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"The Inadvertent Effects of Democracy on Terrorist Group Emergence"

Discussion Paper 2006-06, Belfer Center for Science and International Affairs

November 2006

Author: Erica Chenoweth, Former Associate, International Security Program, 2006–2008; Former Research Fellow, International Security Program, 2008–2010

Belfer Center Programs or Projects: International Security

 

ABSTRACT

Why are terrorist groups prevalent in democracies? I argue that the motivation for terrorist group proliferation in democracies can be explained by intergroup dynamics, with terrorist groups of various ideologies competing with one another for limited agenda space within the democracy. In order to test my hypotheses, I conduct a cross-national, longitudinal analysis of 119 countries for the period 1975–97, using participation competition and intergroup competition as the key independent variables and the number of emerging terrorist groups as the dependent variable. I find support for the hypothesis that intergroup competition, motivated by the competitiveness of the political regime, explains an increase in terrorist groups. I also find preliminary support for the notion that the relationship is curvilinear—that the most competitive and least competitive polities produce the largest number of new groups. In light of the current emphasis on terrorism and its impacts on global security, officials must take into account intergroup dynamics in order to derive effective counterterrorism policies.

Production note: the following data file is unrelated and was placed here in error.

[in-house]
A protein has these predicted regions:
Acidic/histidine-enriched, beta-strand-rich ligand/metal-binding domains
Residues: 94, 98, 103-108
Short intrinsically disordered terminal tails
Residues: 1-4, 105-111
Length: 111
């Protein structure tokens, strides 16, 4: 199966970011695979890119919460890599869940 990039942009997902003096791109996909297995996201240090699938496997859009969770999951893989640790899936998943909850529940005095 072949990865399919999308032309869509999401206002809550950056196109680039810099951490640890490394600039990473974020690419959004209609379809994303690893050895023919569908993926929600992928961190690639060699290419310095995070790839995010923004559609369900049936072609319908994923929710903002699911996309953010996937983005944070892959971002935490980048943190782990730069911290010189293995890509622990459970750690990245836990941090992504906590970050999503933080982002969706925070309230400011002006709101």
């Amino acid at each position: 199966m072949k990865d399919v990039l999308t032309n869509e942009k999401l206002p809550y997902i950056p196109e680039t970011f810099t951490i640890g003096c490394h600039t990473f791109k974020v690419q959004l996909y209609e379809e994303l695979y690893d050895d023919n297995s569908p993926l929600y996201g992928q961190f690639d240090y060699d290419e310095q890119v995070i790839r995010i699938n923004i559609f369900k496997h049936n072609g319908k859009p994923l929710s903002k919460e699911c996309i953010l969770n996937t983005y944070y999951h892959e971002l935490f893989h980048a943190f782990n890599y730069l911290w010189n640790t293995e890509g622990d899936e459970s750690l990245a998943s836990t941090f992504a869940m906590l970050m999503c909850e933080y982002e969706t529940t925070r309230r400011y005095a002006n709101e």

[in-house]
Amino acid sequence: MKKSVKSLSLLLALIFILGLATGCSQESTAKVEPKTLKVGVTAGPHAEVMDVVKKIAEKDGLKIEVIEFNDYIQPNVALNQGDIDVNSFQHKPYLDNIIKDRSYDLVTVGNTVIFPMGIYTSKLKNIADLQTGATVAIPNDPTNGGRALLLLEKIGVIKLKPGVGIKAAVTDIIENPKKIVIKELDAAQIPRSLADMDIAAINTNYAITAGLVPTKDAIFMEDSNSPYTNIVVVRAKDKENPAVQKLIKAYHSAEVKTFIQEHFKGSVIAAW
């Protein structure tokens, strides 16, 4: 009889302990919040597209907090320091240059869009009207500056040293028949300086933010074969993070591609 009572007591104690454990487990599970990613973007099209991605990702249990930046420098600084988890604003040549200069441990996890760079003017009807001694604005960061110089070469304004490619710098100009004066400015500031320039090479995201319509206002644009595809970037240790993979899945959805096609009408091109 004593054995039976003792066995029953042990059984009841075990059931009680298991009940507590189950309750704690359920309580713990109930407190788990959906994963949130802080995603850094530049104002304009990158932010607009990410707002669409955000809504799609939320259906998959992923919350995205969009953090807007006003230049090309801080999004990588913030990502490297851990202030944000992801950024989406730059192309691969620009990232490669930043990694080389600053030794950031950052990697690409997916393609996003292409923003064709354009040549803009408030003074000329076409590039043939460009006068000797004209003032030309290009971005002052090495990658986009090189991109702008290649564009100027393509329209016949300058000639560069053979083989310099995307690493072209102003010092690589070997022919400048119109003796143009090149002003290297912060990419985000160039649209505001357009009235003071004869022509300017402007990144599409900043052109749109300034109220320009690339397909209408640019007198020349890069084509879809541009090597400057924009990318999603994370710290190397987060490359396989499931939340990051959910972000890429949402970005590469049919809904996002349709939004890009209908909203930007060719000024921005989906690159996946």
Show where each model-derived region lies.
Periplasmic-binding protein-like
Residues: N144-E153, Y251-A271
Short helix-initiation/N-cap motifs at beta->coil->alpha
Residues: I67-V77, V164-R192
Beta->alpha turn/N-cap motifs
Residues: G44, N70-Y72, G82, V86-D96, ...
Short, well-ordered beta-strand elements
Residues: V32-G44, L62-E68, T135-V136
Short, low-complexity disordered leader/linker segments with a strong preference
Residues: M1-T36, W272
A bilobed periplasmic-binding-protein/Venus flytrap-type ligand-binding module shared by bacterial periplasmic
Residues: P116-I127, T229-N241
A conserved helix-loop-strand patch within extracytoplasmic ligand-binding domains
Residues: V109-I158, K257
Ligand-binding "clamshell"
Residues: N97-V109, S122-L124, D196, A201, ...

For more information about this publication please contact the IS Editorial Assistant at 617-495-1914.

For Academic Citation:

Chenoweth, Erica. "The Inadvertent Effects of Democracy on Terrorist Group Emergence." Discussion Paper 2006-06, Belfer Center for Science and International Affairs, November 2006.

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